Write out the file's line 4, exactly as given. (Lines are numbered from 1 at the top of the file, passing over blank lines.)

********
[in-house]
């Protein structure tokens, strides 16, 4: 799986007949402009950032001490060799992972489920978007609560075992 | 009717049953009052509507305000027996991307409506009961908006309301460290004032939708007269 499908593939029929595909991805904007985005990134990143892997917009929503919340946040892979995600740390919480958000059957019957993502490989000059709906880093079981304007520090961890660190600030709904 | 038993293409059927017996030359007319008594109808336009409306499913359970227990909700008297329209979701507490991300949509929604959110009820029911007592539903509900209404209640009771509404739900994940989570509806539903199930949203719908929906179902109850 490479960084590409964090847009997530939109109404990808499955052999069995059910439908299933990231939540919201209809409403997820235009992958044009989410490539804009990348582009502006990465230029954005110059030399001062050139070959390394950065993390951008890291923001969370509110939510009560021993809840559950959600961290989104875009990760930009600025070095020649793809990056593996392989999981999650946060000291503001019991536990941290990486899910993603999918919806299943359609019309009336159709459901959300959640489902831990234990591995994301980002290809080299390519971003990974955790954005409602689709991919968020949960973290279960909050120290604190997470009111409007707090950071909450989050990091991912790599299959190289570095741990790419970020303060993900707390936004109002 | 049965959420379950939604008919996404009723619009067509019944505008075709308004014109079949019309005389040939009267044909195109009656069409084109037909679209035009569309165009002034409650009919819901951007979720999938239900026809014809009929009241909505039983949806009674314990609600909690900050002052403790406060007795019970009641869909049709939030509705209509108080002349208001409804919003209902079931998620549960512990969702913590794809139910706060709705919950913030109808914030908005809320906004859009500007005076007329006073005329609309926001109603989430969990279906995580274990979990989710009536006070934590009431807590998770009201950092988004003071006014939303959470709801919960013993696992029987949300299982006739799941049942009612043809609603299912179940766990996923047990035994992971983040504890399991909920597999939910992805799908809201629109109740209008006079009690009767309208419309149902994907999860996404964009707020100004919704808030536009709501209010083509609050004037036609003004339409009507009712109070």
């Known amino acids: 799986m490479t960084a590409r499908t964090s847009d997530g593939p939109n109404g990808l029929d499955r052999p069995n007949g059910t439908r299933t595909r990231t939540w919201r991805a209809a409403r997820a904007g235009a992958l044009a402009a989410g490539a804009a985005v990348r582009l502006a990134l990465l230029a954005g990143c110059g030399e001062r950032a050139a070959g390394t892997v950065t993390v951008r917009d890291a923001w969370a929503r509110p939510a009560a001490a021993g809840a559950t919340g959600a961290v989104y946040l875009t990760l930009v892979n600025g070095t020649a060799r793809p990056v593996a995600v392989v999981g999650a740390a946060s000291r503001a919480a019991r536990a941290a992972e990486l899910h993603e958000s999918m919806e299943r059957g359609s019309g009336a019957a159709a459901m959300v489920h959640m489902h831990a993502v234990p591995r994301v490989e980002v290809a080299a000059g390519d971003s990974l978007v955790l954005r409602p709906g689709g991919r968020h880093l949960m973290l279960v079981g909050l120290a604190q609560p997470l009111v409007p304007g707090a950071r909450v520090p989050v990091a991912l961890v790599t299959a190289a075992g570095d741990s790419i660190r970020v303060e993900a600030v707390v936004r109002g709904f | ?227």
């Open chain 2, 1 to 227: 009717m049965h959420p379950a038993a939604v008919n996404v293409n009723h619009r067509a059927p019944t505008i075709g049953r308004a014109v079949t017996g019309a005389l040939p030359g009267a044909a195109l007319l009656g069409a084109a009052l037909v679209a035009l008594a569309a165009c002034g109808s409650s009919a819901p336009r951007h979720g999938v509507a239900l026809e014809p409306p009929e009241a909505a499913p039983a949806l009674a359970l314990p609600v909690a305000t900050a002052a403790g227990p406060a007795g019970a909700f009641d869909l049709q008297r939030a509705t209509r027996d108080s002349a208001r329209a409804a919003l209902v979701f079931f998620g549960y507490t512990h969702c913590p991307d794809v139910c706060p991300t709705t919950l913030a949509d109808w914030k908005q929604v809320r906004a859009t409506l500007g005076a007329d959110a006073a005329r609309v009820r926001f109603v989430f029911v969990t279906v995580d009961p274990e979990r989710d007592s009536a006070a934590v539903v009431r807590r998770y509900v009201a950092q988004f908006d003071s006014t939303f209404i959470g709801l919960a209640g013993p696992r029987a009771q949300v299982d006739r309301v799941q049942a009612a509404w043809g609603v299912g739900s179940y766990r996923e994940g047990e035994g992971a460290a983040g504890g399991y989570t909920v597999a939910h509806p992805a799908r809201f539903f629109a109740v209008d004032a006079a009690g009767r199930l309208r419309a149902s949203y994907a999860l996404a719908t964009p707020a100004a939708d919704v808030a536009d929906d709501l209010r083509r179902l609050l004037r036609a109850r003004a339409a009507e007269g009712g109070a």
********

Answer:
């Open chain 2, 1 to 227: 009717m049965h959420p379950a038993a939604v008919n996404v293409n009723h619009r067509a059927p019944t505008i075709g049953r308004a014109v079949t017996g019309a005389l040939p030359g009267a044909a195109l007319l009656g069409a084109a009052l037909v679209a035009l008594a569309a165009c002034g109808s409650s009919a819901p336009r951007h979720g999938v509507a239900l026809e014809p409306p009929e009241a909505a499913p039983a949806l009674a359970l314990p609600v909690a305000t900050a002052a403790g227990p406060a007795g019970a909700f009641d869909l049709q008297r939030a509705t209509r027996d108080s002349a208001r329209a409804a919003l209902v979701f079931f998620g549960y507490t512990h969702c913590p991307d794809v139910c706060p991300t709705t919950l913030a949509d109808w914030k908005q929604v809320r906004a859009t409506l500007g005076a007329d959110a006073a005329r609309v009820r926001f109603v989430f029911v969990t279906v995580d009961p274990e979990r989710d007592s009536a006070a934590v539903v009431r807590r998770y509900v009201a950092q988004f908006d003071s006014t939303f209404i959470g709801l919960a209640g013993p696992r029987a009771q949300v299982d006739r309301v799941q049942a009612a509404w043809g609603v299912g739900s179940y766990r996923e994940g047990e035994g992971a460290a983040g504890g399991y989570t909920v597999a939910h509806p992805a799908r809201f539903f629109a109740v209008d004032a006079a009690g009767r199930l309208r419309a149902s949203y994907a999860l996404a719908t964009p707020a100004a939708d919704v808030a536009d929906d709501l209010r083509r179902l609050l004037r036609a109850r003004a339409a009507e007269g009712g109070a």